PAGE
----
Ahmed Hamza AlSafi was a 21-year-old student when he was arbitrarily detained, tortured, and denied his fair trial and due process rights by Bahraini authorities. Up until now, Ahmed has been held in Jau Prison for almost four years.
On 13 December 2017, Ahmed was sleeping at his house when masked officers in civilian clothing and riot police conducted a raid at 2 a.m. Despite not presenting a warrant or stating the reason for the arrest, officers raided the apartment and Ahmed was arrested. Ahmed was wanted for several cases, including the Bahraini Hezbollah case.
Following his arrest, Ahmed was disappeared for two months, during which the investigation occurred. His family had no information about his wellbeing or whereabouts and submitted complaints to the Ombudsman and the NIHR requesting a call with him. Despite repeatedly following up on this matter, there was no outcome. They were only able to meet with him after his transfer to pre-trial detention.
During his disappearance, Ahmed was at AlQalaa Prison, where he was kicked and beaten with batons. CID officers threatened to sexually assault his family members. Additionally, Ahmed was blindfolded for most of the investigation period and was forced to stand for long durations. He was interrogated without a lawyer, as he was prohibited from contacting her after his arrest. The torture was used to extract a coerced confession in the cases Ahmed was accused in; he ended up confessing, but his forced confession was annulled in court since it was extracted under duress. However, the court did not take into account the evidence provided stating that he was a student studying abroad in India.
Ahmed was convicted in several cases. On 16 April 2019, he was sentenced to 10 years in prison and a 100,000 Bahraini Dinar fine in the Bahraini Hezbollah case, an unfair mass trial involving 169 defendants. His citizenship was also revoked but was later reinstated through a royal pardon. Throughout the investigation and trials, Ahmed was denied access to his attorney and was not given adequate time and facilities to prepare for trial. The Appeals Court upheld the judgment in the Bahraini Hezbollah case, and the request for cassation was rejected.
Since his arrest and imprisonment, Ahmed has fallen victim to various human rights violations, including medical negligence as well as physical and psychological torture. As a result, Ahmed developed a number of medical conditions, namely, swelling in his eyes and a severe gastric infection, as well as appearing visibly stressed and exhausted when visited by his family. His conditions have been heightened by the administration’s failure to provide him with proper medical treatment and adequate sanitary meals.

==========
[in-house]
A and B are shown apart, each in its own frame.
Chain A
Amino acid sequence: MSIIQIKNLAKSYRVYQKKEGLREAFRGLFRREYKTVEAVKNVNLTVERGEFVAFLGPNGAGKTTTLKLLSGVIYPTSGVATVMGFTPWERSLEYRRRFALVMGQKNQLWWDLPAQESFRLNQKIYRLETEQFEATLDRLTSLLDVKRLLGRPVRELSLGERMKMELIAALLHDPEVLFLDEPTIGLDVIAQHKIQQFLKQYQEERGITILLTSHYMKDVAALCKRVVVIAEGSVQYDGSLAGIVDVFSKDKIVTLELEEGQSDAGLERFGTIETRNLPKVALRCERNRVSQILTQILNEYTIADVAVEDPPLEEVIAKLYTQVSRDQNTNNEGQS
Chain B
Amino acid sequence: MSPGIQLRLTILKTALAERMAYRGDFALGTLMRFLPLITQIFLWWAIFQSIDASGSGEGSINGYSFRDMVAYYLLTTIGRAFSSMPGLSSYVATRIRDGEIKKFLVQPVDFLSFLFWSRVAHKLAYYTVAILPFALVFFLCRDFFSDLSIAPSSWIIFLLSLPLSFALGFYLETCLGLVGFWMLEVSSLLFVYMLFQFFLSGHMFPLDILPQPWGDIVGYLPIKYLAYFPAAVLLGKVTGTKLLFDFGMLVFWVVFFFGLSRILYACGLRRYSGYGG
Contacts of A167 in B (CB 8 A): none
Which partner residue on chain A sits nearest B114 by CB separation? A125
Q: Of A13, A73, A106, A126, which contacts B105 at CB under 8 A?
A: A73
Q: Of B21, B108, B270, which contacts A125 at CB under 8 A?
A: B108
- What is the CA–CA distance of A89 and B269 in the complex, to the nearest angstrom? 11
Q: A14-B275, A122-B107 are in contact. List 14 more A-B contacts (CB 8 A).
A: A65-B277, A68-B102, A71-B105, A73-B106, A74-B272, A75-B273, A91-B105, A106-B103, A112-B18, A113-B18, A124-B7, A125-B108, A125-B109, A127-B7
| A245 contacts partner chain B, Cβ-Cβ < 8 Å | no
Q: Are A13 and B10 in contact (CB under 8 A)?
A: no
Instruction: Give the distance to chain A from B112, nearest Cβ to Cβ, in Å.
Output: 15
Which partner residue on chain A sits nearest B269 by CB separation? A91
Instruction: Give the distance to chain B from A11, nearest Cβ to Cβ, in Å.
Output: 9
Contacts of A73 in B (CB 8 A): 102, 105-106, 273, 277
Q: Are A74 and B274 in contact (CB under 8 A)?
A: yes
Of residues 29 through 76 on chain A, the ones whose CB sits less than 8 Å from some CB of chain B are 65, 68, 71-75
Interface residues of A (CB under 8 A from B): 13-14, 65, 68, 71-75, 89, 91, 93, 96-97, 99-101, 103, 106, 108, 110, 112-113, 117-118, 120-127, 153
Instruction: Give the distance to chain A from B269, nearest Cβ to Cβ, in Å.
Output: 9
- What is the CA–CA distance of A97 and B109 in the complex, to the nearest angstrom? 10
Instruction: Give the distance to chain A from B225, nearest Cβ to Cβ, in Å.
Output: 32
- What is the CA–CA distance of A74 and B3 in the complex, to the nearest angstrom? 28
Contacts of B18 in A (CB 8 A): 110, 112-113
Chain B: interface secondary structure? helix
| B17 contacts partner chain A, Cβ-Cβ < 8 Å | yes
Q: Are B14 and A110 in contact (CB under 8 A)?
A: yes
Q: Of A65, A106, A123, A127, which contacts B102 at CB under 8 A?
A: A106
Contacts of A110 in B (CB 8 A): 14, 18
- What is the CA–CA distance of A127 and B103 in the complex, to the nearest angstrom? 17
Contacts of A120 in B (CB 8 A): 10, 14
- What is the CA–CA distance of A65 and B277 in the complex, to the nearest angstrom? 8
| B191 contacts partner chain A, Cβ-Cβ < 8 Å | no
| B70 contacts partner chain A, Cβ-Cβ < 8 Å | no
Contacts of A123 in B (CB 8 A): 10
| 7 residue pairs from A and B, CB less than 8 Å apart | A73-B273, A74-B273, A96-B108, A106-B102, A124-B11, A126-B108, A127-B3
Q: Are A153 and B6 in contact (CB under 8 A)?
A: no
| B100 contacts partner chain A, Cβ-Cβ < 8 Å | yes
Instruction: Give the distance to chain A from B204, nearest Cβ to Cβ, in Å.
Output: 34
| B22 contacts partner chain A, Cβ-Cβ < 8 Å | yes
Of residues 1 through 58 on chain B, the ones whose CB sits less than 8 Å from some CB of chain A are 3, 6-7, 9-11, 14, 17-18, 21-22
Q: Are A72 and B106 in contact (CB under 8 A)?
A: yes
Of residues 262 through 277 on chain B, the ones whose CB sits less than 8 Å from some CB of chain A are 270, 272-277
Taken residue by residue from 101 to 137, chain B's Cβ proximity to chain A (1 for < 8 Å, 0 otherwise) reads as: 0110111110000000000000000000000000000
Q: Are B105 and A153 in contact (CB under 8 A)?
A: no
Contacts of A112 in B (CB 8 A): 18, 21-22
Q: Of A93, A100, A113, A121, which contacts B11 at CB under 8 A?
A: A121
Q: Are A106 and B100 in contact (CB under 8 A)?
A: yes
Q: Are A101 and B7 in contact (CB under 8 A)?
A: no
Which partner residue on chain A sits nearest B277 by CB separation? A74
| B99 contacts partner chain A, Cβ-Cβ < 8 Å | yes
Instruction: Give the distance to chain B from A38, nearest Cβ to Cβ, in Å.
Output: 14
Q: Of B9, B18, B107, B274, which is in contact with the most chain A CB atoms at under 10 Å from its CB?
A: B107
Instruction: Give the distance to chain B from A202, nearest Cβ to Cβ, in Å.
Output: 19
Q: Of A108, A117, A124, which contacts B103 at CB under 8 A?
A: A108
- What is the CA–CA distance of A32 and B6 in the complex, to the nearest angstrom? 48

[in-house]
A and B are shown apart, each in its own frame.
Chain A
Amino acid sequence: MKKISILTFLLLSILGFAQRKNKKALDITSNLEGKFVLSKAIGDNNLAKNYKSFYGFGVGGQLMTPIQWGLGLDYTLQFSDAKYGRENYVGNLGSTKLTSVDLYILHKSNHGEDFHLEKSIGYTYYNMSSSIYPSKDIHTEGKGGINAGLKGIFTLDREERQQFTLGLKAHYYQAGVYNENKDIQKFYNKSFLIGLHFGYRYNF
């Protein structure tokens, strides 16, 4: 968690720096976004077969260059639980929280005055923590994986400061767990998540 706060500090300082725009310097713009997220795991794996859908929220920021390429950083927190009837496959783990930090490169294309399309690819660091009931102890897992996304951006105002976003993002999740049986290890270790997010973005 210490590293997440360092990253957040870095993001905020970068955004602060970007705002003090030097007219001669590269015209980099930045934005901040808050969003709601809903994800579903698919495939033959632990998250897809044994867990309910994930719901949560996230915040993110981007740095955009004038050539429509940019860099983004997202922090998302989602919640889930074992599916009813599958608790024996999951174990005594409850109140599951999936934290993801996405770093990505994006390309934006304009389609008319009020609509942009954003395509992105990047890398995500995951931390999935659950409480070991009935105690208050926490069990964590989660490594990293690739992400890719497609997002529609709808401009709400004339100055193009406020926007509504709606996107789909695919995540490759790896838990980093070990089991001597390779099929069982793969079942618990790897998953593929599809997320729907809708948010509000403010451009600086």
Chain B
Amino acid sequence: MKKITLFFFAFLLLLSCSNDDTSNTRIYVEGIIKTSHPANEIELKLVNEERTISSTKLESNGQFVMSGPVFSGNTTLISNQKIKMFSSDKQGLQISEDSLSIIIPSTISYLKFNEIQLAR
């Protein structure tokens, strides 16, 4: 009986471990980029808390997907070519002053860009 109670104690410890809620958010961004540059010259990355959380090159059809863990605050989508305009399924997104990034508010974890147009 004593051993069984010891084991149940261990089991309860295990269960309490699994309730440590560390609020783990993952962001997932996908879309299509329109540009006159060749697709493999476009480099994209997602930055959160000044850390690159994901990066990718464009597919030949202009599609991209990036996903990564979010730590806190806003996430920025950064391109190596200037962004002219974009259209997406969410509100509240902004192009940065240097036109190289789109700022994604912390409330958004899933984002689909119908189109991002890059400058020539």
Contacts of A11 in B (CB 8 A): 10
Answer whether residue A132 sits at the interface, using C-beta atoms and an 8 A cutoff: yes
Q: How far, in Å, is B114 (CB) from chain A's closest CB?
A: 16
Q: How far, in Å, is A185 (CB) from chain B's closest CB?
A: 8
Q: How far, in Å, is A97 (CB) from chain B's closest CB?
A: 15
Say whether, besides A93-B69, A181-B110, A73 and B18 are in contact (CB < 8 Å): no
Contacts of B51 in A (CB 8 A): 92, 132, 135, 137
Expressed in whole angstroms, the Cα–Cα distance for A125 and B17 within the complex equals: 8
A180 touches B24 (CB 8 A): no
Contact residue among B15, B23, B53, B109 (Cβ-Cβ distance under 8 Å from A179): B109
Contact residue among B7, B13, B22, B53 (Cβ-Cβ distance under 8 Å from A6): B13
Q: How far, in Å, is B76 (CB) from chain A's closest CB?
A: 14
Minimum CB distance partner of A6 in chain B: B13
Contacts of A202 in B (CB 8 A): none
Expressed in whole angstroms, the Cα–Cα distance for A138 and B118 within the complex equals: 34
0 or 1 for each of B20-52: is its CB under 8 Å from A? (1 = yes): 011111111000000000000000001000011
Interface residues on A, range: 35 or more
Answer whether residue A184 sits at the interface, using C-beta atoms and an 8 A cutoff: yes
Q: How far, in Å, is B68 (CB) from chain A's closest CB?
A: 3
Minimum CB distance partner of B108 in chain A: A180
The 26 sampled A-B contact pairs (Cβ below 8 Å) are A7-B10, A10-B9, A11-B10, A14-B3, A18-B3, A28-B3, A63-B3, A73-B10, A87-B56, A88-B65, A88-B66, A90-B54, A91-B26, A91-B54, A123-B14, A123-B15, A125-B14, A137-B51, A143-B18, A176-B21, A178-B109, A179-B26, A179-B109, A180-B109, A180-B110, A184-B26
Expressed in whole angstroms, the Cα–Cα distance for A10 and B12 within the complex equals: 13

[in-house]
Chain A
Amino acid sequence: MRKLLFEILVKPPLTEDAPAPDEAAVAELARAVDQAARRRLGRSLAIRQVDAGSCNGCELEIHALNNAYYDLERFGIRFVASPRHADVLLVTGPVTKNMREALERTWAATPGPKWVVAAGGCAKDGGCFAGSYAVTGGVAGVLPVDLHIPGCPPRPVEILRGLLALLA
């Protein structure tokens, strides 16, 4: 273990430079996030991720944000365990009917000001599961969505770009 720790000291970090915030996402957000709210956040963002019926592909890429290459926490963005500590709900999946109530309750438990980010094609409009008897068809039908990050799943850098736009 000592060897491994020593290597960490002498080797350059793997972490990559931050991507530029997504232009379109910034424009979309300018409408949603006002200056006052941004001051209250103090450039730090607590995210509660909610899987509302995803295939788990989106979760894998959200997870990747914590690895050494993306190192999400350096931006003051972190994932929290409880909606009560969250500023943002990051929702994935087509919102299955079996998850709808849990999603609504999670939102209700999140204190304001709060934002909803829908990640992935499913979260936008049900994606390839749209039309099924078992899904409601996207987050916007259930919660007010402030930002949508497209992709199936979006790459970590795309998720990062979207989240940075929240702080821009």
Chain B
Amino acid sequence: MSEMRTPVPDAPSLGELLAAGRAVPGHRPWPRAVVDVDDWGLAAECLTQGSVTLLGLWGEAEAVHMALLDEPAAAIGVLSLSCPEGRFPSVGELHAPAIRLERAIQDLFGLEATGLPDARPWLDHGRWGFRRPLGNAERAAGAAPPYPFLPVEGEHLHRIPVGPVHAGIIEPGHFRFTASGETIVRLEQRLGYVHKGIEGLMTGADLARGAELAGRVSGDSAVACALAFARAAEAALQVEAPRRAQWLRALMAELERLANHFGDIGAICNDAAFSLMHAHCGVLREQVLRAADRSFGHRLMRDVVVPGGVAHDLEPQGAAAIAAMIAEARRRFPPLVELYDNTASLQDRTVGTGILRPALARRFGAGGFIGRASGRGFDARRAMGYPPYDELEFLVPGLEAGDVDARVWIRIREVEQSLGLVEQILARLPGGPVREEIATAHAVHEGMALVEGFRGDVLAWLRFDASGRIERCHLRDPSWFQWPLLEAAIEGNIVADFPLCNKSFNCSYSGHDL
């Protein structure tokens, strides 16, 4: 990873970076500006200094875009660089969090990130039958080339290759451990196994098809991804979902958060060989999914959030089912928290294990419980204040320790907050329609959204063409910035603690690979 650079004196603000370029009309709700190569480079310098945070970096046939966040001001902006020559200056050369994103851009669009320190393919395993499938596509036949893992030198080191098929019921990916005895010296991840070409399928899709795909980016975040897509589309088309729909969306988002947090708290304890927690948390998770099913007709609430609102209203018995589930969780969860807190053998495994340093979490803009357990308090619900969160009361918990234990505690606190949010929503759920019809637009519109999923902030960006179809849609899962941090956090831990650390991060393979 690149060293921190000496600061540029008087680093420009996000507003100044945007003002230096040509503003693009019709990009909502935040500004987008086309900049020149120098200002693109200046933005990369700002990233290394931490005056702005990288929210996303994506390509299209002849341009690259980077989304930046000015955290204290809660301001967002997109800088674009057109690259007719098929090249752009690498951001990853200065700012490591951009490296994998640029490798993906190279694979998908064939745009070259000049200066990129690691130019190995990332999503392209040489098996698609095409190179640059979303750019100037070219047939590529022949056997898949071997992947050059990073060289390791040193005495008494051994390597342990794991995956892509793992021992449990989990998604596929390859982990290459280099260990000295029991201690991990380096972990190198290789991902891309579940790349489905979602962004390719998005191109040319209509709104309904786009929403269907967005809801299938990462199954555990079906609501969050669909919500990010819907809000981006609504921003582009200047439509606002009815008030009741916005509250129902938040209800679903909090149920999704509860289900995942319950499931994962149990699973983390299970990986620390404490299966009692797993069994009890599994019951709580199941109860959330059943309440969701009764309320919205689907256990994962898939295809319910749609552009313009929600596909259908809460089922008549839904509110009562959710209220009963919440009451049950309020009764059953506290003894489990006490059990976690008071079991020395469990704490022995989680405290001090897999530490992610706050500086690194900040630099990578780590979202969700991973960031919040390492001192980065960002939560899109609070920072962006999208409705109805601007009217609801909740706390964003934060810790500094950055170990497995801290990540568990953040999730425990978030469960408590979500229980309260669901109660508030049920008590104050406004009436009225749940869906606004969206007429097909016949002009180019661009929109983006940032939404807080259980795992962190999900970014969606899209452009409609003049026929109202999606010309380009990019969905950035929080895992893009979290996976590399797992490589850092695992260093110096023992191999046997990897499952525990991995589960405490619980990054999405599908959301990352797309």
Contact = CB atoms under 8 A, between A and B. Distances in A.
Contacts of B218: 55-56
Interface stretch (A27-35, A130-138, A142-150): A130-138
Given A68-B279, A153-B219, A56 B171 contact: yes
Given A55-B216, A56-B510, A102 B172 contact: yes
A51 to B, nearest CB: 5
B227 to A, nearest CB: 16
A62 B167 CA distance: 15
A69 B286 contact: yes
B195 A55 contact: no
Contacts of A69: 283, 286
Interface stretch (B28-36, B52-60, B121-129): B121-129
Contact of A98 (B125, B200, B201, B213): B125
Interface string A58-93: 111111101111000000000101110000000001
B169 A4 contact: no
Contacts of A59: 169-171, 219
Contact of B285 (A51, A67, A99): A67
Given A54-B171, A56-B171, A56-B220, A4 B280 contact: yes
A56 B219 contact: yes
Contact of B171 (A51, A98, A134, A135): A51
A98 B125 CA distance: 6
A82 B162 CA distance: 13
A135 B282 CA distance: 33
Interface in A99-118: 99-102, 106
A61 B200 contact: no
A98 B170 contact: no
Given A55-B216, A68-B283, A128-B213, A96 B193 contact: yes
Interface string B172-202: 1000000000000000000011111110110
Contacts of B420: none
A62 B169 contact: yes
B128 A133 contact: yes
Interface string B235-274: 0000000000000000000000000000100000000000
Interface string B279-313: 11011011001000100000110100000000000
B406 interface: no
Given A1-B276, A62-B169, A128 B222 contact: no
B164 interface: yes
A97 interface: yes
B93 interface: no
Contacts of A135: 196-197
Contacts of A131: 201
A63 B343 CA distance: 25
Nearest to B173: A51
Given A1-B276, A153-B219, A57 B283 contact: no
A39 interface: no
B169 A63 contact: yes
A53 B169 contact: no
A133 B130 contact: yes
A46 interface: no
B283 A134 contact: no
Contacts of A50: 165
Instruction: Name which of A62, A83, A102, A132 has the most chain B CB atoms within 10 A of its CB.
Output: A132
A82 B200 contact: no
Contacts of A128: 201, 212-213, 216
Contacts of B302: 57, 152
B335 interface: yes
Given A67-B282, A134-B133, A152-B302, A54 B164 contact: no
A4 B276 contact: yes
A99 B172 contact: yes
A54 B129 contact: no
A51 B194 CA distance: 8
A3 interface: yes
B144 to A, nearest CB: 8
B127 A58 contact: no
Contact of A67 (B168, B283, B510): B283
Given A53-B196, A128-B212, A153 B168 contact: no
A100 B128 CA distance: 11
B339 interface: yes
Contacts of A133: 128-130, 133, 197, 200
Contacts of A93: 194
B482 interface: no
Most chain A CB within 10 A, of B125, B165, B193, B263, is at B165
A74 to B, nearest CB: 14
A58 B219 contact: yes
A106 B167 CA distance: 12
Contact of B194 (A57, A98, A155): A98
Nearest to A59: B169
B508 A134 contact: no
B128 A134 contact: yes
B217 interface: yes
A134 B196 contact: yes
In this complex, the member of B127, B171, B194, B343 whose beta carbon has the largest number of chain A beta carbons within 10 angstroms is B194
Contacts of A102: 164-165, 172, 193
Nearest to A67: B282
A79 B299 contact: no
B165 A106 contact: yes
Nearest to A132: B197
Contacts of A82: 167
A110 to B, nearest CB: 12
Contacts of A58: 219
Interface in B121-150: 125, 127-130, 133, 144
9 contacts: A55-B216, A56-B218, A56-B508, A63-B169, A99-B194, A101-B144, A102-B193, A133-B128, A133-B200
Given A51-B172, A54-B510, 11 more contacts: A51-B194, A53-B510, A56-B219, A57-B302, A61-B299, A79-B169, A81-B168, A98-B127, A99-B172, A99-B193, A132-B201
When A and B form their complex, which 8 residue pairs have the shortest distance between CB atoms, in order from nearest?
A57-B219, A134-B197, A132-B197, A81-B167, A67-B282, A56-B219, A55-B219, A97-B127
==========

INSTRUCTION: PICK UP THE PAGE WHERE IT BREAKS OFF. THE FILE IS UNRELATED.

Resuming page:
Moreover, Ahmed was infected with Coronavirus after its outbreak in Jau Prison and was repeatedly refused the chance to communicate with his family while ill. His family found out he was infected when the Ministry of Health called and informed them, not knowing he was a prisoner. When Ahmed did call his family, the duration did not exceed 3 minutes, suggesting that he was under strict surveillance. During the quarantine period in one of the Buildings of Jau Prison which he was transferred to, he is not allowed to go outside, there are no adequate sanitary measures, and the prisoners are not informed about the general situation in the prison regarding the spread of the virus. The cells are not cleaned regularly, and social distancing is not ensured between prisoners in cells. In addition, there is no medical assistance to follow up on his situation, and no medication has been provided to help him recover from the virus.
Ahmed’s arrest, unfair trial, and torture violate both the Bahraini constitution as well as international obligations to which Bahrain is party, namely, the Convention against Torture and Other Cruel, Inhuman or Degrading Treatment or Punishment (CAT), the International Covenant on Economic, Social and Cultural Rights (ICESCR), and the International Covenant on Civil and Political Rights (ICCPR). The medical negligence Ahmed has experienced while in prison and after his infection with Coronavirus also violated the Mandela Rules. Since an arrest warrant was not presented and given that Ahmed was not granted a fair trial, we can conclude that Ahmed was arbitrarily detained by Bahraini authorities.
Accordingly, Americans for Democracy & Human Rights in Bahrain (ADHRB) calls upon Bahrain to uphold its human rights obligations by voiding the judgement against Ahmed. If serious criminal charges can be held against him, authorities must conduct a fair retrial which conforms to universal judicial standards. ADHRB urges Bahrain to investigate all torture allegations to ensure accountability and to provide all prisoners with adequate medical care while guaranteeing all their basic human rights, amidst the COVID-19 outbreak.